Thursday 28 May 2015

Female Characters Shunned at Awards

Hmm... interesting, not sure I'm surprised: Books about women less likely to win prizes, study findsStudy of six major awards in the last 15 years shows male subjects the predominant focus of winning novels

Her analysis came as the summer issue of Mslexia, the magazine for women writers, explores the “silent takeover by men of the top jobs” in British publishing. Industry expert Danuta Kean laid out how, since 2008, the “women at the top of the three biggest corporate publishing houses have stepped aside – in each case to be replaced by men”.

I'd like to see author Chimamanda Adichie extend her outstanding talk on feminism to tackle this one.

I remember attending an LGBT book talk once where the men's group were billed as the 'Sci-fi panel' (I'm not sure if it was intentionally all-men, but it was) and the women writers' group labelled the 'Lesbian writers panel' - until I fought to add Bisexual, which added an air of ambiguity to it. Talk about a gender split, though. 

I do wince at the term 'women writers' and 'women's literature'. As the article says: 'This is the culture that still calls male writers Writers, and female writers Women Writers. The male perspective is still the real one, the standard. Women’s voices are just details.'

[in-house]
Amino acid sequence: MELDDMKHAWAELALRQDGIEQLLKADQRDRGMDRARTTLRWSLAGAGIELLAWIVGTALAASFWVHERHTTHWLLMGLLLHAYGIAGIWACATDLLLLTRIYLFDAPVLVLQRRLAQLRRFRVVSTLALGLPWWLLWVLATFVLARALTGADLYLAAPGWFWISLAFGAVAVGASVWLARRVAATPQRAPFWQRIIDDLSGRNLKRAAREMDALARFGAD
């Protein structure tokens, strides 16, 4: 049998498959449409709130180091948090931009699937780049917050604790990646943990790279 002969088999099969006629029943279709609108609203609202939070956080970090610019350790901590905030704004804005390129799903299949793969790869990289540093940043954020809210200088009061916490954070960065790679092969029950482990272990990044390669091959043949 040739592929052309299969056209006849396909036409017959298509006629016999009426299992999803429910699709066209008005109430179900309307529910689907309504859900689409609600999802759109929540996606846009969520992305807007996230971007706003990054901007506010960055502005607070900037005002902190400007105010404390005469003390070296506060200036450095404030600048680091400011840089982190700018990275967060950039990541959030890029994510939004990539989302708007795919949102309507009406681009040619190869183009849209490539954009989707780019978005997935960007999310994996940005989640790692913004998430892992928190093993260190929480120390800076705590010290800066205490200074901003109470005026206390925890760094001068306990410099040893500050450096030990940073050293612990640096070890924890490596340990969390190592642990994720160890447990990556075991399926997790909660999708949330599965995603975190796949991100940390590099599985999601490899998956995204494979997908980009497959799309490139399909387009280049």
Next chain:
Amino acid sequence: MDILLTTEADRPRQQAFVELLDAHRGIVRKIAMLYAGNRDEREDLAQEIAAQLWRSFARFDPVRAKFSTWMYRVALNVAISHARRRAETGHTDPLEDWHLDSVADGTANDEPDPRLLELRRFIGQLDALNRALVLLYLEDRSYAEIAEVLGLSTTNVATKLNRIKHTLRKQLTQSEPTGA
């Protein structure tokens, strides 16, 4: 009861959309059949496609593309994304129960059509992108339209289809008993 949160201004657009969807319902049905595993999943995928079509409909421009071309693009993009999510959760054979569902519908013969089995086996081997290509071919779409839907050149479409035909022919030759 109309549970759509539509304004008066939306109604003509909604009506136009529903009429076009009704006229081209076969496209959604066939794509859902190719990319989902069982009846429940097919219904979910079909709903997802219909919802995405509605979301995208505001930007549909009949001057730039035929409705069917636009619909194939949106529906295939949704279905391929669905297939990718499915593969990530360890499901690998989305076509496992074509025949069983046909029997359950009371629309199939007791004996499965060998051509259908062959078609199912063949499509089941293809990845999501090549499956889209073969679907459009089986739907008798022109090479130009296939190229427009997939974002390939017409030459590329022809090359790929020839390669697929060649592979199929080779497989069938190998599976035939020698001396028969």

I very rarely ever answer the question 'what do you do?' with 'I'm a writer,' but I'm categorically certain I've never answer it with 'I'm a female writer.' Surely that's self-bloody-evident? Either one writes, or one doesn't. What's between your legs has no bearing on how well you write, whether you understand grammar, or what you write about. 

This idea of 'women's literature' being empowering... I wonder. I wonder whether it doesn't just prop up a cultural deficiency in gender equality that keeps women writers in a 'special' category all of their own? Those special, special women writers...

Which is not to say that the gender of an author isn't important - especially as far as monitoring this kind of bias goes. Had the call been close, it would have been easy to suggest that perhaps the books that won were simply better written, but the margin is far too wide to be coincidental. Certainly some subconscious bias going on there that needs dragging into the light. And no excuse whatsoever for the inequality of employment opportunities within the upper echelons of the publishing industry.

Also check out my post Sexism Rampant in Publishing and Laine Cunningham's book Writing While Female or Black or Gay.

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